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Comparing Magnetic Fields on Earth and Mars

New data reveals Earth's magnetic field continues to weaken

Cheryl Santa Maria
Digital Reporter

Thursday, June 19, 2014, 6:14 PM - Data from the European Space Agency (ESA) has confirmed that our planet's magnetic field is continuing to weaken.

Measurements made over the past six months by satellites owned by the ESA have confirmed a "general trend" that the field is losing strength with the most "dramatic declines" over the Western Hemisphere.

But the weakening doesn't appear to be happening across the board. Some areas, like the southern Indian Ocean, have seen the field strengthen since the start of this year.

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According to ESA, the data will provide fresh insight into natural processes that occur deep within -- and around -- our planet.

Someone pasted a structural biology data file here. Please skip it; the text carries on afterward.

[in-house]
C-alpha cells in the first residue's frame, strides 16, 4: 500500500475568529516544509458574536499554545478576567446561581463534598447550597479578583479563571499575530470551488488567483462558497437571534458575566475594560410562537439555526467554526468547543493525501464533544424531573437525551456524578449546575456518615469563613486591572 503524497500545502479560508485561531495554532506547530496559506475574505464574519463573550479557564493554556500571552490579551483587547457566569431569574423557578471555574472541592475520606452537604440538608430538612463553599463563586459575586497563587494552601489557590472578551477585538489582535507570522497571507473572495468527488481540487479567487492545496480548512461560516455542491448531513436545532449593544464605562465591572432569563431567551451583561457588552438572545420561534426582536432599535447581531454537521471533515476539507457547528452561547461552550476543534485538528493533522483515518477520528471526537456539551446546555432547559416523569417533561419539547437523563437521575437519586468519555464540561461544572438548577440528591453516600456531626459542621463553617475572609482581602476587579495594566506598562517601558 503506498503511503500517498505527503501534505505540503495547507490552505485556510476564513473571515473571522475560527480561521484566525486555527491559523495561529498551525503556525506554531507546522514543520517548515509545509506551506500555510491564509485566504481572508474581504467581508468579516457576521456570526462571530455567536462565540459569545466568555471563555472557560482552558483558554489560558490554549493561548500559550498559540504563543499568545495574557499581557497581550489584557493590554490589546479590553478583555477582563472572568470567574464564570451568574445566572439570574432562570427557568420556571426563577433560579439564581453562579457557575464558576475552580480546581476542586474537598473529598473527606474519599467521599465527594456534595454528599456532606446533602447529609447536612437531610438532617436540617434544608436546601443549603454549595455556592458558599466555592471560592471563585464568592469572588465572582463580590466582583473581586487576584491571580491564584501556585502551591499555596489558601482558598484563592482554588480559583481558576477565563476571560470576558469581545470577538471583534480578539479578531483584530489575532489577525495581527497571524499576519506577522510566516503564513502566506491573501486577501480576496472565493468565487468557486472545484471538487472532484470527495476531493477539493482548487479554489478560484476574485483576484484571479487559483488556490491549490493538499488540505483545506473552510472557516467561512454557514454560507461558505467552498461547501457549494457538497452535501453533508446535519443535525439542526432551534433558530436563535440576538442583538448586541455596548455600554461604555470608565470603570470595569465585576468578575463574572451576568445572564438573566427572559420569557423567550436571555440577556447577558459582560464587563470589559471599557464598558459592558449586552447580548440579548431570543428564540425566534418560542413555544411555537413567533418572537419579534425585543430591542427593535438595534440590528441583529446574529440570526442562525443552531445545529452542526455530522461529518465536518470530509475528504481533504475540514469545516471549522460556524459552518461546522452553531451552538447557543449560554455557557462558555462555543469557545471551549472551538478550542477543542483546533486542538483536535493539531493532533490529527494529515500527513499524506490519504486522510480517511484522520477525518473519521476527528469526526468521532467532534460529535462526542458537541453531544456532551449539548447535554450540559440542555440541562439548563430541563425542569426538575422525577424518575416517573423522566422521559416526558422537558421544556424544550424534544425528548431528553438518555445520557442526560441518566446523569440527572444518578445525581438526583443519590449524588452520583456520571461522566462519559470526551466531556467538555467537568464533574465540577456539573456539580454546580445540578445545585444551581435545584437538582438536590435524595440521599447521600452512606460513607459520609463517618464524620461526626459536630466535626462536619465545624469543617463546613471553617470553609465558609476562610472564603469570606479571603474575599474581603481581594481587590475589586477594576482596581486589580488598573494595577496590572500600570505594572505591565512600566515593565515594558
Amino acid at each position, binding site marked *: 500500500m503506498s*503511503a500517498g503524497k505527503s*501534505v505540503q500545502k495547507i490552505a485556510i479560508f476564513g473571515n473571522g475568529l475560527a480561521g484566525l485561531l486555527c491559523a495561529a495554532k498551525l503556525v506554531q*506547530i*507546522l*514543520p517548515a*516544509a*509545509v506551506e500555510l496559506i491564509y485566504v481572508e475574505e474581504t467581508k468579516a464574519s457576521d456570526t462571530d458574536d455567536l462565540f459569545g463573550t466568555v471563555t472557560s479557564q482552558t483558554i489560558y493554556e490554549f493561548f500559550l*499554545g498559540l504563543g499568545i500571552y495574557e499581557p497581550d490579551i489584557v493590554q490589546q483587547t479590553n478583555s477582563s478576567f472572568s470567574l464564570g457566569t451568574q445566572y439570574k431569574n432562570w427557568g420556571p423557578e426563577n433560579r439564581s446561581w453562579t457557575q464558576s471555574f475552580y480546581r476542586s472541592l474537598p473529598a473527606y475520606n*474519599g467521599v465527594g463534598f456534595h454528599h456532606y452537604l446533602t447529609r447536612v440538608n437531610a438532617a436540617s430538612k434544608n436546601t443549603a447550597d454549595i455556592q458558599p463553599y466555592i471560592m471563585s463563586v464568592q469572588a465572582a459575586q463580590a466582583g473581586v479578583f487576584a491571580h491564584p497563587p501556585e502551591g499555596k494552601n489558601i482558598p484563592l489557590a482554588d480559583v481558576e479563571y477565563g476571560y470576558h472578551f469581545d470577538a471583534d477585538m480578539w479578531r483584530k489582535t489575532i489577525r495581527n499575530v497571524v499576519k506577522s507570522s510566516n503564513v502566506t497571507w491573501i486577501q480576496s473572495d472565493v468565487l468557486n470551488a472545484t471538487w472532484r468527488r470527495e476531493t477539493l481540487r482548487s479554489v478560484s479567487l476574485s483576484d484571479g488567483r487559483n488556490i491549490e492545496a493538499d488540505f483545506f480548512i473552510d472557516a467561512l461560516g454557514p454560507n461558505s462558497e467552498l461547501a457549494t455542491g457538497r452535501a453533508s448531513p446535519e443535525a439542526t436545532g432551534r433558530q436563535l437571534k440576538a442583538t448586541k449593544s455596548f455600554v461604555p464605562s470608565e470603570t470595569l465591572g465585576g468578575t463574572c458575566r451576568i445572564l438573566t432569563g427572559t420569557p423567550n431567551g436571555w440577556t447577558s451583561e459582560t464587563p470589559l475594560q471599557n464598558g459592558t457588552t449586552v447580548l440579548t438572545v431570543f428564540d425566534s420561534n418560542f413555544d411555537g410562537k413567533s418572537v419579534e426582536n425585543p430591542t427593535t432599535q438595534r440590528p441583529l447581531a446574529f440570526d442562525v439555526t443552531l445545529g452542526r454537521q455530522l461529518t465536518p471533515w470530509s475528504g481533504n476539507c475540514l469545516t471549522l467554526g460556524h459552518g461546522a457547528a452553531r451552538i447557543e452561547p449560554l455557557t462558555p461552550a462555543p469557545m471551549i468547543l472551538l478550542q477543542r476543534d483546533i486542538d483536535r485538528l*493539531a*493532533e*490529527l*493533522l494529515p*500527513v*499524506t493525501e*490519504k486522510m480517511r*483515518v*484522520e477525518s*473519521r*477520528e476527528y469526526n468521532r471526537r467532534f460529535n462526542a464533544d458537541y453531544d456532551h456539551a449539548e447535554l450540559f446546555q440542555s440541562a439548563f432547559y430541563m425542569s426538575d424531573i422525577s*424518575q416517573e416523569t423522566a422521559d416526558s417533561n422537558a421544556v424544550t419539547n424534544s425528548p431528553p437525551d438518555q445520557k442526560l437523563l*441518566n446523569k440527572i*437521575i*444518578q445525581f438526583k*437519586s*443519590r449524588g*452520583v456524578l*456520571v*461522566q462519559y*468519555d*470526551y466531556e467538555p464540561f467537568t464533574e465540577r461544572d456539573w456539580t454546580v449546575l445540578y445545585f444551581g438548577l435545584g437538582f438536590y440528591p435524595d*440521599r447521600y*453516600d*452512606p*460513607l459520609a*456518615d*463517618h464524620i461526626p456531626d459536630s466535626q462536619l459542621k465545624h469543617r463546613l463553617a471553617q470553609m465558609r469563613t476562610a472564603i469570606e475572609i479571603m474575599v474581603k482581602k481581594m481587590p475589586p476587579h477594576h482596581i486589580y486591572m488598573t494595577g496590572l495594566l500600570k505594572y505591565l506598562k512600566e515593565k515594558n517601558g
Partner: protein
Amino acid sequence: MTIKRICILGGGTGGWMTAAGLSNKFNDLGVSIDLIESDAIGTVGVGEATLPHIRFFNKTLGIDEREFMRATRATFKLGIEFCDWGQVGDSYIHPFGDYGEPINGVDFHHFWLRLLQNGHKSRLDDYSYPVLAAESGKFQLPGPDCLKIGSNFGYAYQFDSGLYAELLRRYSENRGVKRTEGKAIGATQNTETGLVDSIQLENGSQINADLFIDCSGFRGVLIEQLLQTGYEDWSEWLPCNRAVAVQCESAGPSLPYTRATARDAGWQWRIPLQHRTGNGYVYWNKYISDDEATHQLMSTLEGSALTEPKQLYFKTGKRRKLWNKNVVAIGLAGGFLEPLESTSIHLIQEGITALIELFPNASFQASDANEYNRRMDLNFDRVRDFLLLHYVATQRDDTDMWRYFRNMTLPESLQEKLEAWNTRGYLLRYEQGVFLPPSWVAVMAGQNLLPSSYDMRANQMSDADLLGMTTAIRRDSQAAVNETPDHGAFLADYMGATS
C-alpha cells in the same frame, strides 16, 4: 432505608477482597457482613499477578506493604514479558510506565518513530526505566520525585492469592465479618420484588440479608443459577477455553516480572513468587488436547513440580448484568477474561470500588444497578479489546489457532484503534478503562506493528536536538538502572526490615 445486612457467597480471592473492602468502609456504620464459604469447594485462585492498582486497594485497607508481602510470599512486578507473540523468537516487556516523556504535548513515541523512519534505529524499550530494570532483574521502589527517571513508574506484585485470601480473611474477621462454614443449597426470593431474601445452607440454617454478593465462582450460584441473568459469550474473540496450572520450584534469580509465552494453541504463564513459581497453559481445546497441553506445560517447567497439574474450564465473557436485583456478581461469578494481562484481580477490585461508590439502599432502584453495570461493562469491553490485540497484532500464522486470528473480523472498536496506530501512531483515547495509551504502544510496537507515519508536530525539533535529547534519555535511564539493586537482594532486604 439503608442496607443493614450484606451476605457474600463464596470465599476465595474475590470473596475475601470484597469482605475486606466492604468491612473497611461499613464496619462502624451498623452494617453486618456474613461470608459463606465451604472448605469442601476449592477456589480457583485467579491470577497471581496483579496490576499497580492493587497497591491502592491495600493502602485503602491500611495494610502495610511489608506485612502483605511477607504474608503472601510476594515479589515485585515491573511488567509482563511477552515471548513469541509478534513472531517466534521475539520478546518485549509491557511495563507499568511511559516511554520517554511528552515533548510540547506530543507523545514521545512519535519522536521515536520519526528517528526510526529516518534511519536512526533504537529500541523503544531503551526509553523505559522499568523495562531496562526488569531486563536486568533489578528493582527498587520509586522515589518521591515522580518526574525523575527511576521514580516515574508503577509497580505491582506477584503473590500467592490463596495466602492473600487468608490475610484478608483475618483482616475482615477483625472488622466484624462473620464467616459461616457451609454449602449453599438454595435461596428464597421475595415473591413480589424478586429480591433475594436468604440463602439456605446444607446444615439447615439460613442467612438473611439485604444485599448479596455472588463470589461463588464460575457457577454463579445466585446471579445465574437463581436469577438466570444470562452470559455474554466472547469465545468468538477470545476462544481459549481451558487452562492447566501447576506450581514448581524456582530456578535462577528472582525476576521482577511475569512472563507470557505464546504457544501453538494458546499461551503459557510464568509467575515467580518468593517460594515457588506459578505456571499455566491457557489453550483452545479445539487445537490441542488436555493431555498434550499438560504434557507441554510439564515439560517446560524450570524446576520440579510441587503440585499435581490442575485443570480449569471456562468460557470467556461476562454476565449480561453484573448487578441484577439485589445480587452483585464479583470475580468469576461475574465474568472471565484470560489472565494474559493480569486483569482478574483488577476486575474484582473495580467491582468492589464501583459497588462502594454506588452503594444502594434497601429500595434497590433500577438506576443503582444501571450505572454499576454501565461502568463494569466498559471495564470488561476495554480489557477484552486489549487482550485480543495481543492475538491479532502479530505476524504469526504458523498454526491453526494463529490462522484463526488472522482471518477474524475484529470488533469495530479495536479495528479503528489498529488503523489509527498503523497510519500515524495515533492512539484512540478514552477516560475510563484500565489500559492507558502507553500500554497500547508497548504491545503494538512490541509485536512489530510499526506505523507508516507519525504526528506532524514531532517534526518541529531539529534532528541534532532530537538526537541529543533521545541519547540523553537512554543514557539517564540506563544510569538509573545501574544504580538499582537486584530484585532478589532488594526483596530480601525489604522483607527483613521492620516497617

It's hoped they will lead to a better understanding of why the magnetic field is weakening.

According to NASA, long-term observations suggest the Earth's magnetic field is decreasing at a rate of about 0.07 percent per year.

"This means that in 1500 years from now, it will only be about 35 percent as strong as it is today, and in 4000 years it will have a strength of practically zero," the space agency says.

"Because the magnetic field is a critical buffer shielding the biosphere from cosmic rays and charged particles from the Sun, the health hazard posed by the Earth loosing its magnetic field is hard to comprehend."

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